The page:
Advent brings a bit of a conflict for us. On the one hand, it is most certainly a time of waiting with expectation as we look forward to the birth of Jesus and celebrating Christmas. On the other hand, as soon as Thanksgiving leftovers are put away, Christmas music, lights, and shopping center Santas appear with abundance as the season brings with it a sense of arrival. At the same time, the Christmas season has arrived, and, for the Church, it is not yet, given that for the four weeks before Christmas it is the season of Advent.
Such a conflict is appropriate for Advent. It is a time of hopeful expectation and active waiting. It is a time when we journey with Mary and Joseph as they actively and faithfully prepare for and move toward the birth of Jesus. Along the way, pregnant Mary sings of the coming birth and the future story of her son in the past tense (Luke 1:46-55). Her singing of Jesus’ future life and ministry as if it is already done is a rich statement of hope as we hear her draw the future into the present. She “see’s” that which is not yet.
In the western Christian tradition, Christmas begins Christmas Day, or after sunset on Christmas Eve, depending on the tradition. It continues for the 12 days of Christmas to January 6 (Three Kings Day) and the beginning of Epiphany, a season to look forward to Jesus’ ministry and mission to the world. No matter the calendar, though, to say that once Christmas arrives, we’ll get into the Christmas Season seems silly because Advent is so full of Christmas.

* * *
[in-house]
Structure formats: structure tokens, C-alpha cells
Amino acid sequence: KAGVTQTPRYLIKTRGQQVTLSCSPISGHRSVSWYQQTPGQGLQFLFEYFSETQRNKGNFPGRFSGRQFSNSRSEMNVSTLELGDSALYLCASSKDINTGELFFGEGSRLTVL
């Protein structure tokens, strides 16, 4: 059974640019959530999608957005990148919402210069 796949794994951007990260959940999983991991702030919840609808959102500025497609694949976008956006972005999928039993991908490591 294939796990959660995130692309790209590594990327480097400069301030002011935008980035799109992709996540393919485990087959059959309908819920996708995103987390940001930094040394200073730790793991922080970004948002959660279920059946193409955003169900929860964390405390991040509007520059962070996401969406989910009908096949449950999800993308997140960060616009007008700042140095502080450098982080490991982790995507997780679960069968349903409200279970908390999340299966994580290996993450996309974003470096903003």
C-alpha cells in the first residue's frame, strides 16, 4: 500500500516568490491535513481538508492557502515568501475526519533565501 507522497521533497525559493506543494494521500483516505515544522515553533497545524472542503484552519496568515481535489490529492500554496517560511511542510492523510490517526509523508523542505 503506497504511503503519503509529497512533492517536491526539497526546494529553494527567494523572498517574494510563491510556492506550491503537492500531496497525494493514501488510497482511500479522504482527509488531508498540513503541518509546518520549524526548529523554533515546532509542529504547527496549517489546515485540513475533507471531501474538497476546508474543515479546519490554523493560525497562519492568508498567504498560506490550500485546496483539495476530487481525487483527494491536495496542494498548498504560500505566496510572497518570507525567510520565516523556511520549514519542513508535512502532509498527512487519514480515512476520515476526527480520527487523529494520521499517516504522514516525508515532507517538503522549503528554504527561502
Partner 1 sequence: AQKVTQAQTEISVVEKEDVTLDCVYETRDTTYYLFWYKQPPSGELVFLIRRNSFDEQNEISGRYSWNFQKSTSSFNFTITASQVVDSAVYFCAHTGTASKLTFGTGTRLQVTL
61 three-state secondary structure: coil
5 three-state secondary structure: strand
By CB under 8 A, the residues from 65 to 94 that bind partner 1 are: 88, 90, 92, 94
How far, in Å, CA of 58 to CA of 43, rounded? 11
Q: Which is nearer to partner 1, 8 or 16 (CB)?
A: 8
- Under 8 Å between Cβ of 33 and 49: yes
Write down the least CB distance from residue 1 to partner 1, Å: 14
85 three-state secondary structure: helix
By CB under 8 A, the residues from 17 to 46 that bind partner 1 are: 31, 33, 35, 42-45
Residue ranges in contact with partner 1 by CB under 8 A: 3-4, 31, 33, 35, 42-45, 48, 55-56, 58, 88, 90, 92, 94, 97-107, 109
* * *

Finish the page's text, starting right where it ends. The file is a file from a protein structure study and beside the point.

As a faithfully hopeful and expectant people, Advent is so pregnant with Christmas that we can see that which has yet to come. This is a welcome conflict for us. By our faith, we see what God has for us and is not yet.
As we enter and travel through Advent, we will experience an active waiting as we faithfully expect and prepare for Jesus’ birth. This is a time of illumination for us as we prepare for what God is seeking to birth in our lives and all creation. In our Advent worship time, we’re invited to seek God’s illumining Spirit as we look ahead. What does God have for you in this season? What new birth awaits? What does the new beginning look like, and how does this engage us in the new births that God is longing for in all creation?
Let us seek illumination from God, that we may accommodate in our lives that which has yet to come. After all, Advent is pregnant with Christmas!